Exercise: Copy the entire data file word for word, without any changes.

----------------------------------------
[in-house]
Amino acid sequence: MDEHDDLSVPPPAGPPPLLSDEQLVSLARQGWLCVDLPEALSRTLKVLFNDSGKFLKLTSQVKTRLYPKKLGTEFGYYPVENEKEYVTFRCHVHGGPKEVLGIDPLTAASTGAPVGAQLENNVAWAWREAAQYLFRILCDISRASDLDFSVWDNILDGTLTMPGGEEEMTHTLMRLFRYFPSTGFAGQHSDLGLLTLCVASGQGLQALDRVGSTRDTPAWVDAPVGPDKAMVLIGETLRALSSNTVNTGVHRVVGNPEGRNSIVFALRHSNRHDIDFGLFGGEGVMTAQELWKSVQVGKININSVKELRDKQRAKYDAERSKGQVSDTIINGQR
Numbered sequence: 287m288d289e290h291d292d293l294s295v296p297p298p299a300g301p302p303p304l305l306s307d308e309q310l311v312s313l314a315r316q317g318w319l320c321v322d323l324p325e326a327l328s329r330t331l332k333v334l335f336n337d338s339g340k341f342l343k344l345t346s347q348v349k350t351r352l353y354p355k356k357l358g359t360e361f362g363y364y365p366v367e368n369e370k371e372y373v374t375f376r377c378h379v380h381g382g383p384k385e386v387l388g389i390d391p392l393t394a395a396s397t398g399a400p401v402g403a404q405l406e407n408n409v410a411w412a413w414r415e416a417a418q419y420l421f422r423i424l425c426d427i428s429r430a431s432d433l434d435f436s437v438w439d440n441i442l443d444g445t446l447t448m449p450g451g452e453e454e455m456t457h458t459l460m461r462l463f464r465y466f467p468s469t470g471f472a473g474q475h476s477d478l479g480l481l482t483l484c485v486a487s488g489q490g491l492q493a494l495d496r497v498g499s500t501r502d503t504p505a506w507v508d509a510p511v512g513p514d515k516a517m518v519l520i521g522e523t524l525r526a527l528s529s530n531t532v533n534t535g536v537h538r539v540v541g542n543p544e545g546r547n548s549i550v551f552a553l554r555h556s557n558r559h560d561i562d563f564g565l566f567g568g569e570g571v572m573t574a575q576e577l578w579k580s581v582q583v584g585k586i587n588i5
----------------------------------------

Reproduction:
[in-house]
Amino acid sequence: MDEHDDLSVPPPAGPPPLLSDEQLVSLARQGWLCVDLPEALSRTLKVLFNDSGKFLKLTSQVKTRLYPKKLGTEFGYYPVENEKEYVTFRCHVHGGPKEVLGIDPLTAASTGAPVGAQLENNVAWAWREAAQYLFRILCDISRASDLDFSVWDNILDGTLTMPGGEEEMTHTLMRLFRYFPSTGFAGQHSDLGLLTLCVASGQGLQALDRVGSTRDTPAWVDAPVGPDKAMVLIGETLRALSSNTVNTGVHRVVGNPEGRNSIVFALRHSNRHDIDFGLFGGEGVMTAQELWKSVQVGKININSVKELRDKQRAKYDAERSKGQVSDTIINGQR
Numbered sequence: 287m288d289e290h291d292d293l294s295v296p297p298p299a300g301p302p303p304l305l306s307d308e309q310l311v312s313l314a315r316q317g318w319l320c321v322d323l324p325e326a327l328s329r330t331l332k333v334l335f336n337d338s339g340k341f342l343k344l345t346s347q348v349k350t351r352l353y354p355k356k357l358g359t360e361f362g363y364y365p366v367e368n369e370k371e372y373v374t375f376r377c378h379v380h381g382g383p384k385e386v387l388g389i390d391p392l393t394a395a396s397t398g399a400p401v402g403a404q405l406e407n408n409v410a411w412a413w414r415e416a417a418q419y420l421f422r423i424l425c426d427i428s429r430a431s432d433l434d435f436s437v438w439d440n441i442l443d444g445t446l447t448m449p450g451g452e453e454e455m456t457h458t459l460m461r462l463f464r465y466f467p468s469t470g471f472a473g474q475h476s477d478l479g480l481l482t483l484c485v486a487s488g489q490g491l492q493a494l495d496r497v498g499s500t501r502d503t504p505a506w507v508d509a510p511v512g513p514d515k516a517m518v519l520i521g522e523t524l525r526a527l528s529s530n531t532v533n534t535g536v537h538r539v540v541g542n543p544e545g546r547n548s549i550v551f552a553l554r555h556s557n558r559h560d561i562d563f564g565l566f567g568g569e570g571v572m573t574a575q576e577l578w579k580s581v582q583v584g585k586i587n588i5